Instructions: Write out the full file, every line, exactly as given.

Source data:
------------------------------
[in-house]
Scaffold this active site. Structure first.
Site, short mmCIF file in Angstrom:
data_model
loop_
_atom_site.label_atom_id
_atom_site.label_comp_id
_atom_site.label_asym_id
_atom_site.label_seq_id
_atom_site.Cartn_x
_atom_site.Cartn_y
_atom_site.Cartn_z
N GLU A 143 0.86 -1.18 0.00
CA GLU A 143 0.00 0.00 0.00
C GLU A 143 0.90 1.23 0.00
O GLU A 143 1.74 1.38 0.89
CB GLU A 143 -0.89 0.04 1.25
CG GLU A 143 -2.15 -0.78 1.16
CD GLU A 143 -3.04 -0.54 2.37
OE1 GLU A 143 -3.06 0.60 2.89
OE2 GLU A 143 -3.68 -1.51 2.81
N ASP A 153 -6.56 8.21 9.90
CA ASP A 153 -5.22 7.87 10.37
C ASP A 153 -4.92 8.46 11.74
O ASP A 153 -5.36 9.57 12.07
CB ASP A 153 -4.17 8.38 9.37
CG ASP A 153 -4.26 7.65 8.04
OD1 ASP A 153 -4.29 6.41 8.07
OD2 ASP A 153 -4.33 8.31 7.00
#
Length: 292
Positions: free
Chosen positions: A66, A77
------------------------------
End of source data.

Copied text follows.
[in-house]
Scaffold this active site. Structure first.
Site, short mmCIF file in Angstrom:
data_model
loop_
_atom_site.label_atom_id
_atom_site.label_comp_id
_atom_site.label_asym_id
_atom_site.label_seq_id
_atom_site.Cartn_x
_atom_site.Cartn_y
_atom_site.Cartn_z
N GLU A 143 0.86 -1.18 0.00
CA GLU A 143 0.00 0.00 0.00
C GLU A 143 0.90 1.23 0.00
O GLU A 143 1.74 1.38 0.89
CB GLU A 143 -0.89 0.04 1.25
CG GLU A 143 -2.15 -0.78 1.16
CD GLU A 143 -3.04 -0.54 2.37
OE1 GLU A 143 -3.06 0.60 2.89
OE2 GLU A 143 -3.68 -1.51 2.81
N ASP A 153 -6.56 8.21 9.90
CA ASP A 153 -5.22 7.87 10.37
C ASP A 153 -4.92 8.46 11.74
O ASP A 153 -5.36 9.57 12.07
CB ASP A 153 -4.17 8.38 9.37
CG ASP A 153 -4.26 7.65 8.04
OD1 ASP A 153 -4.29 6.41 8.07
OD2 ASP A 153 -4.33 8.31 7.00
#
Length: 292
Positions: free
Chosen positions: A66, A77